Things ain't what they used to be: GLYNDEBOURNE

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The Independent Online

How it was

When the curtain first rose at Glyndebourne in 1934, few of the 300 opera lovers present could have imagined that John Christie's country house, surrounded by beautiful Sussex gardens, would become one of the premiere venues for opera in the world. Its manicured lawns quickly became a place for high society to wear pearls, scoff expensive picnics and be seen.

How it is

In 1994, a modern, 1,200-seat theatre was opened, attracting a new generation of big spenders and corporates. Some say Glyndebourne hasn't been the same since.

"Tickets are now so hard to get hold of if you're not corporate," says Michael Kallenbach, a trainee psychotherapist who's been going for 20 years. "These are often people who have never been to opera before and aren't terribly interested. They go for the picnic and champagne and to get tarted up. It's a sad waste."

But David Picard, the general director at Glyndebourne, disagrees. "I genuinely believe that's rubbish. I suspect the Royal Opera House gives away far more corporate tickets. The majority of our funding comes from individual opera-lovers."

Vital statistics

Ticketing is fiendish. First choice goes to members, then "associate members". Next, it's the 9,000 people who pay £10 a year to join the mailing list and have until early May to buy. Fifteen per cent are available to the public. Another 15 per cent go to corporate visitors, who pay top whack of £28,000 for 40 tickets (food and booze included).


How it was

The grassy banks of the Thames lined with people in boaters and blazers, sipping Pimm's while oarsmen row past. What could be more civilised than the Royal Regatta, held every summer for more than 150 years?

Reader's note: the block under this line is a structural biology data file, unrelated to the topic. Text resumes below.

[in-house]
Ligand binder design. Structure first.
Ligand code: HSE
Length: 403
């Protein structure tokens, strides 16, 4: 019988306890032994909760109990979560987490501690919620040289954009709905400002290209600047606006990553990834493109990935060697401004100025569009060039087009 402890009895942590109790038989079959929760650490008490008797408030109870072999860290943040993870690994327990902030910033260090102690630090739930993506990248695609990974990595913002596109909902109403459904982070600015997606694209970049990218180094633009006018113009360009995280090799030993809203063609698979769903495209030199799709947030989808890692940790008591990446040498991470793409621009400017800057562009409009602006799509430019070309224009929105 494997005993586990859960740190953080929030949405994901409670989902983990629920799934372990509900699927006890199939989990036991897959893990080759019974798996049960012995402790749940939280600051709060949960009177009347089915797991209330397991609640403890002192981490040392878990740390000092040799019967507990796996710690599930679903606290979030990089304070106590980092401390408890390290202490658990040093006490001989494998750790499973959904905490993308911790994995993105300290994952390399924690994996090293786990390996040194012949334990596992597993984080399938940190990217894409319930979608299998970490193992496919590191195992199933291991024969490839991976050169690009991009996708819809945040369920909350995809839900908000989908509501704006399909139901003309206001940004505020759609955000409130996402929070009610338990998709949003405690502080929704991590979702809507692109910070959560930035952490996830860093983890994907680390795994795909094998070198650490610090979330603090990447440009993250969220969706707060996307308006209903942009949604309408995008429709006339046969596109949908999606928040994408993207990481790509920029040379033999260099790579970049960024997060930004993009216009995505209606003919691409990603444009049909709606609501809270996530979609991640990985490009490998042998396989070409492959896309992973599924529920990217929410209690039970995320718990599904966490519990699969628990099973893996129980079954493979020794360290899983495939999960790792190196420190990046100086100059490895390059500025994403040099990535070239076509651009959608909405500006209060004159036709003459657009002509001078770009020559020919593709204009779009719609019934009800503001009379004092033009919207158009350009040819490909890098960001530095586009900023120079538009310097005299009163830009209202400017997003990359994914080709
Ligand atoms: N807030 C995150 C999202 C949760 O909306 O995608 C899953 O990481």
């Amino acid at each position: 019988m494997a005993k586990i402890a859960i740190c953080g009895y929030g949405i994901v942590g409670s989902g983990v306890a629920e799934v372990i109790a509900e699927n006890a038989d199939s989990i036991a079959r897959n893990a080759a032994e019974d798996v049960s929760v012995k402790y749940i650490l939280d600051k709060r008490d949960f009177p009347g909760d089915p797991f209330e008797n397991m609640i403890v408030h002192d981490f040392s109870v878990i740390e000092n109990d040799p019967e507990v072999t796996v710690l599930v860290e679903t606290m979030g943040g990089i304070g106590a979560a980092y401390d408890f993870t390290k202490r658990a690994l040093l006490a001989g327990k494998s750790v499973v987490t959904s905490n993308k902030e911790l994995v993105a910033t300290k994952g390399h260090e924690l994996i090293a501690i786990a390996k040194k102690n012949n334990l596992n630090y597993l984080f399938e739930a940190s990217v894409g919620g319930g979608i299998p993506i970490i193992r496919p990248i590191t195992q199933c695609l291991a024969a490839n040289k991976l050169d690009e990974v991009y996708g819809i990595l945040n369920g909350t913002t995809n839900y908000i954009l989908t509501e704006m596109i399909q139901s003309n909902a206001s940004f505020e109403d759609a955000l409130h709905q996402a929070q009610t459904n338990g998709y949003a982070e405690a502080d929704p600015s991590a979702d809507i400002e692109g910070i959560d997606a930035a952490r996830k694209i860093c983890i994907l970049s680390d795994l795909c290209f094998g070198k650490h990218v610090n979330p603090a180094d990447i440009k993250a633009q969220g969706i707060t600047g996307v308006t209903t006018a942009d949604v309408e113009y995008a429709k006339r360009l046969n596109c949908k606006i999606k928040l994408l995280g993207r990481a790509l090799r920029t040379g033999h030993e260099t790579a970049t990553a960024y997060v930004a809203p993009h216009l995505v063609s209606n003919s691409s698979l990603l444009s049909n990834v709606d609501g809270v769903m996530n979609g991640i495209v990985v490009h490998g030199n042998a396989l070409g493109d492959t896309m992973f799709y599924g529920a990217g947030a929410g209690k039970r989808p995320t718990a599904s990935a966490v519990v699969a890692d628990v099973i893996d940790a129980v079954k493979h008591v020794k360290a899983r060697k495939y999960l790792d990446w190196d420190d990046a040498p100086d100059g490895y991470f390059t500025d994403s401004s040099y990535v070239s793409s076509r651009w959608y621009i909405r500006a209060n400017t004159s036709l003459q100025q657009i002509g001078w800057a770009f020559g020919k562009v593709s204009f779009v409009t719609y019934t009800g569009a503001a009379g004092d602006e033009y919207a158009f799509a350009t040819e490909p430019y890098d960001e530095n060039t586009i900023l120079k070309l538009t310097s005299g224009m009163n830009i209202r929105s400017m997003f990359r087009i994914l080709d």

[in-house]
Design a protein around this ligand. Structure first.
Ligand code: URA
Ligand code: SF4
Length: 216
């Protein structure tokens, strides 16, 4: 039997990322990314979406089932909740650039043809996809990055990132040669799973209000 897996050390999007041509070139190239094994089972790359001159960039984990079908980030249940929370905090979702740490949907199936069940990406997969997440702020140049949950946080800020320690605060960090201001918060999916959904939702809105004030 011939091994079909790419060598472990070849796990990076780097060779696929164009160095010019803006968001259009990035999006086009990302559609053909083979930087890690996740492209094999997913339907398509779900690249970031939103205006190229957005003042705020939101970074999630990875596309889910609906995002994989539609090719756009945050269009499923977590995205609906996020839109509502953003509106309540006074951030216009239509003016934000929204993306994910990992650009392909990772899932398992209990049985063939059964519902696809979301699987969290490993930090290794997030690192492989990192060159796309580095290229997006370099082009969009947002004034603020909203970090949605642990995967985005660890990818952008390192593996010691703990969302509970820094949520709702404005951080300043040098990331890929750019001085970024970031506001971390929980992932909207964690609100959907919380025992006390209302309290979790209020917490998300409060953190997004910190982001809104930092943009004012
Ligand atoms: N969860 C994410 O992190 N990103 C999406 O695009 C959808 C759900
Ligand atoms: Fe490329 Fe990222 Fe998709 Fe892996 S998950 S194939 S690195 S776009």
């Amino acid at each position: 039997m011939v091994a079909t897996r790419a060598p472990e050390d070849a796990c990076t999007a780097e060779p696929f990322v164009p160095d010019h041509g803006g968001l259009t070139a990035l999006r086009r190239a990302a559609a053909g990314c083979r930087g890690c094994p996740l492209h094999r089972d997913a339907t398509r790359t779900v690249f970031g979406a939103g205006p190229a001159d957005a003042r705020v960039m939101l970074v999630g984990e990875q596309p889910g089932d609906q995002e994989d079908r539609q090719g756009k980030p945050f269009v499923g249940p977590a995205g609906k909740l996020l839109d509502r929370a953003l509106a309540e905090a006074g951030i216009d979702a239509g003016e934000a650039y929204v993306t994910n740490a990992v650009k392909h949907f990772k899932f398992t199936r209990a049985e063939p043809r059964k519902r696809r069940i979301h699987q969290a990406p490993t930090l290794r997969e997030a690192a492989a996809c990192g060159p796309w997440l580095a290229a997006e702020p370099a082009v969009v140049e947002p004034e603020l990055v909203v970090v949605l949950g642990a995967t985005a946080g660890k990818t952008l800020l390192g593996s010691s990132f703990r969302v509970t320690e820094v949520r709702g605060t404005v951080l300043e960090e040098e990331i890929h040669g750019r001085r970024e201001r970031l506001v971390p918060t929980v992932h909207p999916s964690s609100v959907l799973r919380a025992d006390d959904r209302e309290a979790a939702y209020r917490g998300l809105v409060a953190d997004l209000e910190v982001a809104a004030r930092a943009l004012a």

How it is

Those heading to the riverside will be confronted by cavernous marquees bulging with cheap suits. "Henley is ghastly!" says one disillusioned veteran. "Even the smart areas are now full of lager-swilling lunatics from minor public schools getting absolutely hammered. It's entirely lacking in class."

Others aren't so sure. "That's an astonishingly, unbelievably stupid remark," responds Mike Sweeney, chairman of the organising committee. "Loutish behaviour is minimal. The problems come further along the river [from the finish], where there are unofficial bars and beer tents over which we have no control."

Vital Statistics

On a busy day, 100,000 people turn up, with most finding a spot to watch for free. For those willing to pay, the Regatta Enclosure and the Stewards' Enclosure have a joint capacity of 20,000, and there are private areas run by Gentleman's clubs, and rowing clubs.

Regatta Enclosure tickets are available to all. Entry to the posher Stewards' Enclosure is restricted to members and guests. There are 6,500 members and a waiting list of over 1,000. Lately corporate punters (whose packages cost as much as £600), can also get in, for an extra £45.


How it was

Run by the All England Lawn Tennis and Croquet Club since 1877, Wimbledon attempts to "preserve the idea of a tennis being played in an English country garden," says Paul Newman, The Independent's tennis correspondent and a regular for more than 30 years.

How it is

"Be under no illusion, there's a hard commercial edge to Wimbledon," says Newman. There's a store in Harrods, outlets at airports, and 30 Wimbledon shops in China. It also recently signed a multi-million pound deal with Evian. Is this selling out by the back door? "Absolutely not," says Wimbledon spokesman Johnny Perkins. "We are commercial but we do it in our own way. We keep the courts free of company names, except for those of companies who provide services for the running of the court, such as Slazenger."

Vital Statistics

Six thousand ground admission tickets (from £8) go on sale at turnstiles every day, while approximately 500 tickets go on sale daily for each of the Centre and No 1 courts (from £38). Since 1924, the majority of Centre, No 1 and No 2 court tickets have been sold via a ballot, which closes at the end of December. Around 8 per cent of Centre and No 1 Court seats are given to corporate guests. Admission to the Centre Court's royal boxes is by invitation only.